Research indicating some hybrydisation of wild hog deer in Australia answers some questions and raises some others about the management of this highly prized game species.
Hybridisation or crossbreeding between individuals and gene introgression (the transfer of genes between species and sub species) play important roles in the evolutionary process. Although hybridisation is generally perceived negatively when considering conservation and management of natural resources, it may be of key importance for the survival of some species under rapidly changing environmental conditions.
The recent La Trobe University study, published in Ecology and Evolution has revealed that the hog deer introduced to Victoria in the 1860’s all have some level of hybridisation with chital deer. It is unknown when this hybridisation occurred, however it is quite possible that it was prior to their introduction to Australia in a large ‘hybrid zone’ where native populations of the two species overlap on the Indian sub-continent.
Lead researcher Erin Hill has been working on the project for a number of years.
“Exactly where the hybridisation occurred is unknown. It may have occurred in their native range, in captivity prior to release, or following release in Victoria”.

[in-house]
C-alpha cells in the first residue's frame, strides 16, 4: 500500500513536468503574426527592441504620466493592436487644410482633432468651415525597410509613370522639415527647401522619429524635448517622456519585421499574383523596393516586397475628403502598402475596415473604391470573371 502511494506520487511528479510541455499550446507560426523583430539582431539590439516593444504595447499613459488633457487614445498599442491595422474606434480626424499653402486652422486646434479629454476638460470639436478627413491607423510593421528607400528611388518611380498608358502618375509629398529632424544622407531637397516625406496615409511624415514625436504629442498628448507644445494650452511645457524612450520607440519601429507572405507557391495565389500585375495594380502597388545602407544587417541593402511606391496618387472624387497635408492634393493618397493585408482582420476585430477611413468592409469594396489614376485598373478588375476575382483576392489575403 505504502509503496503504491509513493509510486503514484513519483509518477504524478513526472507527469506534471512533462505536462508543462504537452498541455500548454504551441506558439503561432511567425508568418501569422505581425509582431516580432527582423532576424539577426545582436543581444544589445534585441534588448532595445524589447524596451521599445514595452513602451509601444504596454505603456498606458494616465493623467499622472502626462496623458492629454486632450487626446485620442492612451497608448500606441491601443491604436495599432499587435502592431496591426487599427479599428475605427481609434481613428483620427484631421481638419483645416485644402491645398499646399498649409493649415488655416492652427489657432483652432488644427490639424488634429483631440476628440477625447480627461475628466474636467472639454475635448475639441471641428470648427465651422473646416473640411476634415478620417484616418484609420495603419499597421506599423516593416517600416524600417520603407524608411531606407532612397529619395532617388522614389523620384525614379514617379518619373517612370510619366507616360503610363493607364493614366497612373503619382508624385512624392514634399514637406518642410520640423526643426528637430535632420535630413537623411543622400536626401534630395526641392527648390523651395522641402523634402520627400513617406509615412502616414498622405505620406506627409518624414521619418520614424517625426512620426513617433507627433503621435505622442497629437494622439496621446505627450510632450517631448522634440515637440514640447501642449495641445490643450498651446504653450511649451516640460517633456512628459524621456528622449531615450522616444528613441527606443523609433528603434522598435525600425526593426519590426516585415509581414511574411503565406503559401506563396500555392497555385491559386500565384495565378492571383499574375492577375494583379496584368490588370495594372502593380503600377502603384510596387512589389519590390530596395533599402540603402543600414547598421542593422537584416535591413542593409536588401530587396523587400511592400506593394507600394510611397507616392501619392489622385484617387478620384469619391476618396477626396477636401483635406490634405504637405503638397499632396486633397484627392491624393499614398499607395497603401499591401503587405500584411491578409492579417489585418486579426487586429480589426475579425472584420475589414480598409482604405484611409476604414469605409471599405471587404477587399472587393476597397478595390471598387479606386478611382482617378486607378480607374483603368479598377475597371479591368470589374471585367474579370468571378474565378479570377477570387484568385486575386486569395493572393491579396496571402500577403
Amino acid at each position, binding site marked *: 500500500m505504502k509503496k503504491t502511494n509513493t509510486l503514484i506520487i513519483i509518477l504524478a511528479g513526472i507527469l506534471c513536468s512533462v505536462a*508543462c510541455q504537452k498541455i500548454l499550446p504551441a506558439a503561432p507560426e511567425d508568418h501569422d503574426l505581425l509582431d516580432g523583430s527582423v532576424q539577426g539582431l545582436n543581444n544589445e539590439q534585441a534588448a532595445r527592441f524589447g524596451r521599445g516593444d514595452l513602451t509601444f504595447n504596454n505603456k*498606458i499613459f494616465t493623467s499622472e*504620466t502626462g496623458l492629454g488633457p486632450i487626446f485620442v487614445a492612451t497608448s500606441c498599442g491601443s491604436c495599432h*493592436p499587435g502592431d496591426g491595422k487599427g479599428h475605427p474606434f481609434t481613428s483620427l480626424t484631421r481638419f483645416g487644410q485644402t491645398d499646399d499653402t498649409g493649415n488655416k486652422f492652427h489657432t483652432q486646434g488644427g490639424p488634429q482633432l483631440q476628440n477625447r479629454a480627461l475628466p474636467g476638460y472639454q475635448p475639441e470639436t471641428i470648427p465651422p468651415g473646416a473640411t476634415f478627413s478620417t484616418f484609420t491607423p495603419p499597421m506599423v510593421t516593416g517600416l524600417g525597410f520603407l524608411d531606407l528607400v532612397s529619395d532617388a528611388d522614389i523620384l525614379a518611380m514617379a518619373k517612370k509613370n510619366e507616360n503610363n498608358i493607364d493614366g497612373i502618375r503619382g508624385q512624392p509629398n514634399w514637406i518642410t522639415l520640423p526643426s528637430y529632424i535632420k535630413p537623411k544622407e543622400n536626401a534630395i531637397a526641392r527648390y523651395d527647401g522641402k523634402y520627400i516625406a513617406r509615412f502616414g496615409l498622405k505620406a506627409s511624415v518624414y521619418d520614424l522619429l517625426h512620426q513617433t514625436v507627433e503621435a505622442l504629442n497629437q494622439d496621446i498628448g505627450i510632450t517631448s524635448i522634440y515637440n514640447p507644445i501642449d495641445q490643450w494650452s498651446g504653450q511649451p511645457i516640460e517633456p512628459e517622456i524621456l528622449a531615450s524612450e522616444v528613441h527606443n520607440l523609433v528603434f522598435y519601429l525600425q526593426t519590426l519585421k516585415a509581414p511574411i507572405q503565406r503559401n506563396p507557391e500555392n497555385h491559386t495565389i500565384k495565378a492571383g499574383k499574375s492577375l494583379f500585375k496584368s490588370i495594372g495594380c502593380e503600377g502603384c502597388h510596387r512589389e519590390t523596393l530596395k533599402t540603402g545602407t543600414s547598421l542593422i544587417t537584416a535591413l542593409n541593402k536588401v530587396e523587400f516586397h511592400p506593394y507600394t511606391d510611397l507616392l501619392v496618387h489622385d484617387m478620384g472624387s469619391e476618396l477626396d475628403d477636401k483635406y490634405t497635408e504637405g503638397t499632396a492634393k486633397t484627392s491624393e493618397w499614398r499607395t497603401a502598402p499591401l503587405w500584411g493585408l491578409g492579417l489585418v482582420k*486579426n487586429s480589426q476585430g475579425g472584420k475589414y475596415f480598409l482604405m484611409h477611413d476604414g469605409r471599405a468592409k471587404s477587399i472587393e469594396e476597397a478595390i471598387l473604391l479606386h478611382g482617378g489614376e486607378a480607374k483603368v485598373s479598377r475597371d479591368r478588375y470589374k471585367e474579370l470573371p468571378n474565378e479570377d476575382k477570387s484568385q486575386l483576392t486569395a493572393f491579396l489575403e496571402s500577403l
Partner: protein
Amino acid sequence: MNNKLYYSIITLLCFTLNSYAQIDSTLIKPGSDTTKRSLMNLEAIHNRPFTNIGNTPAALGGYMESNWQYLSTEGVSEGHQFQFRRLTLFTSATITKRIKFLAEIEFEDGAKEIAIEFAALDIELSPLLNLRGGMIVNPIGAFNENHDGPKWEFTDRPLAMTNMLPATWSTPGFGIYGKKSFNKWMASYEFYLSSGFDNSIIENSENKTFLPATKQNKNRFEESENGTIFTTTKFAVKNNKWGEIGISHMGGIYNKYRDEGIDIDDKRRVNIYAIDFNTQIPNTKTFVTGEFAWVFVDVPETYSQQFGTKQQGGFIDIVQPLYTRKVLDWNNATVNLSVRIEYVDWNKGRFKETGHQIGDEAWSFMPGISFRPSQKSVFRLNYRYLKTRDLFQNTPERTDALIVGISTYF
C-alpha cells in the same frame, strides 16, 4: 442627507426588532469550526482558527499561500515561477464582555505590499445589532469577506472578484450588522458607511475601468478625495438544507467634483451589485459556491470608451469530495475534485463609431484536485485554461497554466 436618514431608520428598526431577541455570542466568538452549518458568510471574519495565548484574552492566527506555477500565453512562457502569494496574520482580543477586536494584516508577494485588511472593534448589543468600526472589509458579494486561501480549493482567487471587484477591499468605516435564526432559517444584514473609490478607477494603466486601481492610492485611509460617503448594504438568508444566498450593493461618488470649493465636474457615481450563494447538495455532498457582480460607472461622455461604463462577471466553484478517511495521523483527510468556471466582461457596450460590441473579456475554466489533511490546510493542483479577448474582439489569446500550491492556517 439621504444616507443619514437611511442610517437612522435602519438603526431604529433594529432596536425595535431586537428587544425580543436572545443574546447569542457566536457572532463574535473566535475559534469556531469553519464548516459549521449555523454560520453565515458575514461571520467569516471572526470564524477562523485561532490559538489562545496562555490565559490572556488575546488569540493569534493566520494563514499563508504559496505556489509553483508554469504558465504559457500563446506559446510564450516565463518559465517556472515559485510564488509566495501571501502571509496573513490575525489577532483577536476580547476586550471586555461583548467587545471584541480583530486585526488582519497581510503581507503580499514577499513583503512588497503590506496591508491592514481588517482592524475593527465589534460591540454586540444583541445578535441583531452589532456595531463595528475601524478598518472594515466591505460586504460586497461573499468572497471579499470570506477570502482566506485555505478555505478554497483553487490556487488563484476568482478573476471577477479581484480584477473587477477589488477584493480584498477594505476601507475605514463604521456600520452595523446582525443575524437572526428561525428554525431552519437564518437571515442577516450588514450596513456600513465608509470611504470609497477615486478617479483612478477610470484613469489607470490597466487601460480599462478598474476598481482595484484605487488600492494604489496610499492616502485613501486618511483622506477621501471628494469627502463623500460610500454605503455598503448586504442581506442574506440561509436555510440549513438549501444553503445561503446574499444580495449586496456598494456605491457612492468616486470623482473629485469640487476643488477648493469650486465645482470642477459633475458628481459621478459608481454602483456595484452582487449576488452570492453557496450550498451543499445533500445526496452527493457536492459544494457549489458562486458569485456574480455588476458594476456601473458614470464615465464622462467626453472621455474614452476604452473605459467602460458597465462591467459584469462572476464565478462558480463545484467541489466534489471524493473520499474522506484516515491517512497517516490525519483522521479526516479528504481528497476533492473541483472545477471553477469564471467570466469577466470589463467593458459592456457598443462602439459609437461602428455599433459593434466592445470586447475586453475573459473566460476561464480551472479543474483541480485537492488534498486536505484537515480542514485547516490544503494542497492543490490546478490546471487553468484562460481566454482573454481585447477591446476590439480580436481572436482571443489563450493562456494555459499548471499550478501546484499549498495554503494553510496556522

Ms Hill said it is vital to stress the importance of the introduced species for conservation.
“Victoria is home to one of the few remaining stable populations of hog deer left in the world.”
More research is needed before translocations could occur.
“The next steps are to assess the hybridisation rate of hog deer and chital within the native range in India, and to further explore the idea of translocating Victorian hog deer back to the native range by measuring the levels of genetic variation within the Victorian population” Ms Hill said.
“Genetic variation is important as it allows individuals to adapt to their environment, and so it is important to reintroduce as much genetic variation as possible back into the native range to ensure long-term survival of the species.”
Widespread hybridization in the introduced hog deer population of Victoria, Australia, and its implications for conservation. Hill et al. Ecology and Evolution. 2019, 00:1-15
Hybridisation in European ungulates: an overview of the current status, causes and consequences. Lacolina et al. Mammal Review. Vol 49, Issue 1.